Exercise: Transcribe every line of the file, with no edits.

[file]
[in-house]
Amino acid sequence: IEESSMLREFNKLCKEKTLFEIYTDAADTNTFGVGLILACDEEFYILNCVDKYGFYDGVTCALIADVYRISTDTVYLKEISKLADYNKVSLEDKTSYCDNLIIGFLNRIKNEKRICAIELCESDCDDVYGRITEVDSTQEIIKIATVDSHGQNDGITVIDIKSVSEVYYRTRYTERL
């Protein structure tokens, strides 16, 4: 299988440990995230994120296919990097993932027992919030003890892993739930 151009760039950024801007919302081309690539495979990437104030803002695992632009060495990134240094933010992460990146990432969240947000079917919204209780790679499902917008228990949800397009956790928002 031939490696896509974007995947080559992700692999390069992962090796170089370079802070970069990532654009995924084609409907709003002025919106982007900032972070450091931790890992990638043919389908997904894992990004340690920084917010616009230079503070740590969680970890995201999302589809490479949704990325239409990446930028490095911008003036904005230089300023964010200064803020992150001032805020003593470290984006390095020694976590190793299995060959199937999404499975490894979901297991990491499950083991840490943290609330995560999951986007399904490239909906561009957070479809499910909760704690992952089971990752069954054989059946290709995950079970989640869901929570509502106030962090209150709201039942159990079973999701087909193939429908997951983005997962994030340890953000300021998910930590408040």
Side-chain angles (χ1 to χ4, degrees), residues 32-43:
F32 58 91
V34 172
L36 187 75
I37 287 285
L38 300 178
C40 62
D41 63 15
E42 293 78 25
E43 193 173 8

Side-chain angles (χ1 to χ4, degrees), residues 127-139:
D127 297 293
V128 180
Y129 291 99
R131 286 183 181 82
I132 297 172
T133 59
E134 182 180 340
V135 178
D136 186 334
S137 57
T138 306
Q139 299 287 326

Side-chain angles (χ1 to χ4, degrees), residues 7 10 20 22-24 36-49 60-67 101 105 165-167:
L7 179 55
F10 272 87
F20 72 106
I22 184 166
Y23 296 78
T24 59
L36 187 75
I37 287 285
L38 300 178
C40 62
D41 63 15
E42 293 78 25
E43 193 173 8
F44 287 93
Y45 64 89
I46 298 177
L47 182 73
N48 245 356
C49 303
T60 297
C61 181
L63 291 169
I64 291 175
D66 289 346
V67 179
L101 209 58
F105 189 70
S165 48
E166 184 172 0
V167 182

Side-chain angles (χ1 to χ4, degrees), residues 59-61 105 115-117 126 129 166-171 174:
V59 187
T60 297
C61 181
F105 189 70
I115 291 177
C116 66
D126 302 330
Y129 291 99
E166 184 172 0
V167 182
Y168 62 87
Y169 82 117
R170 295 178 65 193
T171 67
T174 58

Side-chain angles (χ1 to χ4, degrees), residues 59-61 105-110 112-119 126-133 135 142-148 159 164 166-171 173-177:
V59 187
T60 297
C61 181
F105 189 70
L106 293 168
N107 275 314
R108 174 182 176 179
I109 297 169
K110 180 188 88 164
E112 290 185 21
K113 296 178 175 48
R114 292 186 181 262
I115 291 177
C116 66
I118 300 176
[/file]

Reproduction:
[in-house]
Amino acid sequence: IEESSMLREFNKLCKEKTLFEIYTDAADTNTFGVGLILACDEEFYILNCVDKYGFYDGVTCALIADVYRISTDTVYLKEISKLADYNKVSLEDKTSYCDNLIIGFLNRIKNEKRICAIELCESDCDDVYGRITEVDSTQEIIKIATVDSHGQNDGITVIDIKSVSEVYYRTRYTERL
């Protein structure tokens, strides 16, 4: 299988440990995230994120296919990097993932027992919030003890892993739930 151009760039950024801007919302081309690539495979990437104030803002695992632009060495990134240094933010992460990146990432969240947000079917919204209780790679499902917008228990949800397009956790928002 031939490696896509974007995947080559992700692999390069992962090796170089370079802070970069990532654009995924084609409907709003002025919106982007900032972070450091931790890992990638043919389908997904894992990004340690920084917010616009230079503070740590969680970890995201999302589809490479949704990325239409990446930028490095911008003036904005230089300023964010200064803020992150001032805020003593470290984006390095020694976590190793299995060959199937999404499975490894979901297991990491499950083991840490943290609330995560999951986007399904490239909906561009957070479809499910909760704690992952089971990752069954054989059946290709995950079970989640869901929570509502106030962090209150709201039942159990079973999701087909193939429908997951983005997962994030340890953000300021998910930590408040």
Side-chain angles (χ1 to χ4, degrees), residues 32-43:
F32 58 91
V34 172
L36 187 75
I37 287 285
L38 300 178
C40 62
D41 63 15
E42 293 78 25
E43 193 173 8

Side-chain angles (χ1 to χ4, degrees), residues 127-139:
D127 297 293
V128 180
Y129 291 99
R131 286 183 181 82
I132 297 172
T133 59
E134 182 180 340
V135 178
D136 186 334
S137 57
T138 306
Q139 299 287 326

Side-chain angles (χ1 to χ4, degrees), residues 7 10 20 22-24 36-49 60-67 101 105 165-167:
L7 179 55
F10 272 87
F20 72 106
I22 184 166
Y23 296 78
T24 59
L36 187 75
I37 287 285
L38 300 178
C40 62
D41 63 15
E42 293 78 25
E43 193 173 8
F44 287 93
Y45 64 89
I46 298 177
L47 182 73
N48 245 356
C49 303
T60 297
C61 181
L63 291 169
I64 291 175
D66 289 346
V67 179
L101 209 58
F105 189 70
S165 48
E166 184 172 0
V167 182

Side-chain angles (χ1 to χ4, degrees), residues 59-61 105 115-117 126 129 166-171 174:
V59 187
T60 297
C61 181
F105 189 70
I115 291 177
C116 66
D126 302 330
Y129 291 99
E166 184 172 0
V167 182
Y168 62 87
Y169 82 117
R170 295 178 65 193
T171 67
T174 58

Side-chain angles (χ1 to χ4, degrees), residues 59-61 105-110 112-119 126-133 135 142-148 159 164 166-171 173-177:
V59 187
T60 297
C61 181
F105 189 70
L106 293 168
N107 275 314
R108 174 182 176 179
I109 297 169
K110 180 188 88 164
E112 290 185 21
K113 296 178 175 48
R114 292 186 181 262
I115 291 177
C116 66
I118 300 176